Simon Barere

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Simon Barere (. Eigtl Barer , Russ. Симон Барер; born August 20 . Jul / 1. September  1896 greg. In Odessa , then Russian Empire , now Ukraine ; † 2. April 1951 in New York ) was a Russian pianist . He is considered to be one of the most technically brilliant pianists of all time.

Live and act

Born into a poor Jewish family as the eleventh of 13 children, Barere had to make a living as a pianist in silent film theaters, folk music groups and restaurants at the age of 11 after the death of his father. After a few years to Odessa's Kaiserl. At the age of 16 he was admitted to the music academy at the St. Petersburg Conservatory through the intercession of Alexander Glasunow , first taught by Anna Jessipowa , after her death by Felix Blumenfeld .

In 1919 Barere became professor at the Kiev Conservatory and in 1928 cultural ambassador in Riga . During this time he was forbidden to tour abroad by Soviet sovereignty. In 1932 he emigrated to Berlin , and after Hitler came to power in 1933 to Sweden . Between 1934 and 1936, Bareres rose to international fame and settled in the United States . On April 2, 1951, Barere died of a stroke during a performance of the Grieg Concerto with the Philadelphia Orchestra under Eugene Ormandy at Carnegie Hall .

Barere was considered a pianist who effortlessly mastered even the most technically demanding works and fast tempos. The American music critic Harold C. Schonberg described, "the more difficult the music ..., the faster Barere played" and described it as a "game machine that amazes with speed, accuracy and ease".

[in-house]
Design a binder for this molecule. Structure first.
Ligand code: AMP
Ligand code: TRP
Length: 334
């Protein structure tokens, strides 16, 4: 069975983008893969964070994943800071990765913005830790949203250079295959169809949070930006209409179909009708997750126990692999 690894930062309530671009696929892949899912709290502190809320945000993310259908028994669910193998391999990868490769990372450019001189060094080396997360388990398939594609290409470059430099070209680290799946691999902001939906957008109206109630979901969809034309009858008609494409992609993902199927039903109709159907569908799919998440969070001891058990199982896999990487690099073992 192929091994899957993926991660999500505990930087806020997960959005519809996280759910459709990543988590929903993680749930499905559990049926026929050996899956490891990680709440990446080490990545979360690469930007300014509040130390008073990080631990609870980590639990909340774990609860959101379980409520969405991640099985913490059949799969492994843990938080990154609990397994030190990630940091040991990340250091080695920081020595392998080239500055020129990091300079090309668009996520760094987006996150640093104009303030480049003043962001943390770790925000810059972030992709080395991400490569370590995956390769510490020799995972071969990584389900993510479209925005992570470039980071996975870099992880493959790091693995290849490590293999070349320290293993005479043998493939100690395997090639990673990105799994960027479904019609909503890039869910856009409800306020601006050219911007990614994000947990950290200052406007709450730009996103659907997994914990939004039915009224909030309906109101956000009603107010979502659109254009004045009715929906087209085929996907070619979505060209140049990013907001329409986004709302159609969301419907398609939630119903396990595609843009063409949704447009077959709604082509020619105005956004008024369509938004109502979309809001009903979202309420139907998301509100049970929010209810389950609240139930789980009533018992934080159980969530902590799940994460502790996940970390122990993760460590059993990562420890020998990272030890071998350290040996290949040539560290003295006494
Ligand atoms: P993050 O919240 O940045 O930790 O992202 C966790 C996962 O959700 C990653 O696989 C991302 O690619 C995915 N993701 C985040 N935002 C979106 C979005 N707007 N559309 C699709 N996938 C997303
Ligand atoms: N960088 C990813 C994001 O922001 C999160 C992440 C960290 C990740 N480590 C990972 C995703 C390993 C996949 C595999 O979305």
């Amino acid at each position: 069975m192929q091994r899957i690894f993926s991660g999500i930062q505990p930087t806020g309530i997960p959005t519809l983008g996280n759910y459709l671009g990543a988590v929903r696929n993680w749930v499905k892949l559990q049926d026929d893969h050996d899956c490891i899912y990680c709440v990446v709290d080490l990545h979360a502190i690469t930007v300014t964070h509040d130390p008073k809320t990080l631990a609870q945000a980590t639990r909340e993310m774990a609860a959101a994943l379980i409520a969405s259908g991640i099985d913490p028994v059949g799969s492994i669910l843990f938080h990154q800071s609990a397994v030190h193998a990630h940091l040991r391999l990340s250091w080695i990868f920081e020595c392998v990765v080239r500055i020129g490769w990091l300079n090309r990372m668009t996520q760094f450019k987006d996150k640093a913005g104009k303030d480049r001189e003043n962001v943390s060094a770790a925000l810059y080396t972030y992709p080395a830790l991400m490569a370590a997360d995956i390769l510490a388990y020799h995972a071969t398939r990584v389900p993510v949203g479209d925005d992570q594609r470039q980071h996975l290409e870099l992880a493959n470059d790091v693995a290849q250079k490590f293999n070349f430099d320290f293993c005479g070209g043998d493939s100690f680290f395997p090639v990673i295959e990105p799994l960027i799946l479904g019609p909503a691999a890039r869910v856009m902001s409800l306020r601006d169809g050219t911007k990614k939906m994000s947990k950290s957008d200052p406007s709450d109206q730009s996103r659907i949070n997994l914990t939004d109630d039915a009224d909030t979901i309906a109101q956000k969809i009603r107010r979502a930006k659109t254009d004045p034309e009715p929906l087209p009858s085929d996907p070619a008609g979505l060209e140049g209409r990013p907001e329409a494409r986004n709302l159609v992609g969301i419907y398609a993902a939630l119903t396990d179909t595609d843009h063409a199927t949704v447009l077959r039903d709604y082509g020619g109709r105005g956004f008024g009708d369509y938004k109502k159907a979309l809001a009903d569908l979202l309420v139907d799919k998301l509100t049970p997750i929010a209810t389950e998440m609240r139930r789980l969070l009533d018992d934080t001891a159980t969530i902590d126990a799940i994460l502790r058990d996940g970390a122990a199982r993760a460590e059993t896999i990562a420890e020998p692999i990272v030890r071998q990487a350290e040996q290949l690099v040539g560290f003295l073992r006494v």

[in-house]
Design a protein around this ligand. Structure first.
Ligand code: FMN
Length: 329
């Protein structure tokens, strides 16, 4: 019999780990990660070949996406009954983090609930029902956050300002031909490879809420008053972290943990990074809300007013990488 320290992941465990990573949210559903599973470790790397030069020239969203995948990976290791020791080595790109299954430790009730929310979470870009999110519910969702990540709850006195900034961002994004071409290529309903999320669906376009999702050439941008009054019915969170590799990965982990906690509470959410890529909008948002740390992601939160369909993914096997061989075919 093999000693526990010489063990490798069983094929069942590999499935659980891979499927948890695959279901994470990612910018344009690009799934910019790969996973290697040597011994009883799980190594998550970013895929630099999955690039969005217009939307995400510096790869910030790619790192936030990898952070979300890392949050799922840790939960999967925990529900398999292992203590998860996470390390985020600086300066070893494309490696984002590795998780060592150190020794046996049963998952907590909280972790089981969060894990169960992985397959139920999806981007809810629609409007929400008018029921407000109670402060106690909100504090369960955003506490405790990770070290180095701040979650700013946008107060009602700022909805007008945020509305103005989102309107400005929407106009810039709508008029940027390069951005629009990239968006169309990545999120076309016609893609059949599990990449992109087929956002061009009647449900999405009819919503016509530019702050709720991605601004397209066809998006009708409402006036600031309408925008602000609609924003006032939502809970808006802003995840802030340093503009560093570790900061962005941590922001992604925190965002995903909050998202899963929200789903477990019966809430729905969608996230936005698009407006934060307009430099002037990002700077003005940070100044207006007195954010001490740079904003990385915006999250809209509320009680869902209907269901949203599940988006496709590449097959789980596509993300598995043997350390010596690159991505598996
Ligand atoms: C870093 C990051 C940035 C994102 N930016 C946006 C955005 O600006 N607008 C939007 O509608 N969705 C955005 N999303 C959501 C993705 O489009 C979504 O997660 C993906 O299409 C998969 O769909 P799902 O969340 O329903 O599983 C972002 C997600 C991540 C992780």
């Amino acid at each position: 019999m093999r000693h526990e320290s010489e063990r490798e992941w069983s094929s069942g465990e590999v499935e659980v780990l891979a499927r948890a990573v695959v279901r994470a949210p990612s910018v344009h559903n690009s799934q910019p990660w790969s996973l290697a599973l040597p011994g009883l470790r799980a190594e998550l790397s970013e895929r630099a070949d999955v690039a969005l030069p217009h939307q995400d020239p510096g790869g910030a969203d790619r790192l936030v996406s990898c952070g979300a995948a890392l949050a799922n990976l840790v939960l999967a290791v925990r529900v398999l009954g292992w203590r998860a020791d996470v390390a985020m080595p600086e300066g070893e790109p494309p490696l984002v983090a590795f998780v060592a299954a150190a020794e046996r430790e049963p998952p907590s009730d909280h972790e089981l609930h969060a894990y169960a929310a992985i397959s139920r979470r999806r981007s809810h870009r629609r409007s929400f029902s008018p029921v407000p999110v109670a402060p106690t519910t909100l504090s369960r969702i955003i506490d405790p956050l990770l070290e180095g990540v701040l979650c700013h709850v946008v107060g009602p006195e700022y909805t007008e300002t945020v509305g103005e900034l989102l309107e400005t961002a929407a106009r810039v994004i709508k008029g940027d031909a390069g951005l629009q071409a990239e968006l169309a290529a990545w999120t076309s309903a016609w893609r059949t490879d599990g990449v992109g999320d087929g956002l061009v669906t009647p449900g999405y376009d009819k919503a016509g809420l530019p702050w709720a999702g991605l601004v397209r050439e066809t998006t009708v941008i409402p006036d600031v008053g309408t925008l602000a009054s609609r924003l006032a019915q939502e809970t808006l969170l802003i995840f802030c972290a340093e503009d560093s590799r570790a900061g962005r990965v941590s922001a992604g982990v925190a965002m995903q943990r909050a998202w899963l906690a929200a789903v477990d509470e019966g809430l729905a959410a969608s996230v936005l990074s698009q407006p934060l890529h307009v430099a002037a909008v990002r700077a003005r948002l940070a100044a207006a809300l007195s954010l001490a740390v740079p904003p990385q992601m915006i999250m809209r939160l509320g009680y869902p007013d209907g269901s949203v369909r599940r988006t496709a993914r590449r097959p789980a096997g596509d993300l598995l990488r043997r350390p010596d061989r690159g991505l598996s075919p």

Studio recordings exist only from 1936 with His Master's Voice , a selection of Liszt and Chopin works, as well as Russian composers. His recordings from Carnegie Hall from 1946 to 1949, which contain large parts of his repertoire (especially Liszt, Chopin and Russian composers), are legendary .


Odeon 1929

  • Franz Liszt: Gnome dance
  • Frédéric Chopin: Etude op 10/8; Waltz No. 5, op 42
  • Sergei Rachmaninov : Polka de WR

His Master's Voice 1934-36

  • Franz Liszt: La leggierezza; Petrarch Sonnet N ° 104; Gnome dance; Reminiscences de Don Juan; Valse oubliée N ° 1; Rhapsody espagnole
  • Frédéric Chopin: Scherzo No. 3, op 39; Mazurka No. 38, op 59/3; Waltz No. 5, op 42
  • Mili Balakirew : Islamej
  • Felix Blumenfeld: Etude for the left hand
  • Alexander Glasunow: Etude op 31/1
  • Alexander Scriabin : Etudes opp 2/1, 8/12
  • Leopold Godowsky : Renaissance No. 6 tambourine, 12 gigue
  • Robert Schumann : Toccata op 7

Carnegie Hall live 1946-49


Web links


  1. The Gramophone Good CD Guide 1993 described him in the review of his HMV recordings as "one of the greatest piano heroes of the century"
  2. Gramophone Guide: "a technique that did not know difficulties"
  3. ^ Schonberg: The great pianists, Munich 1965, p.379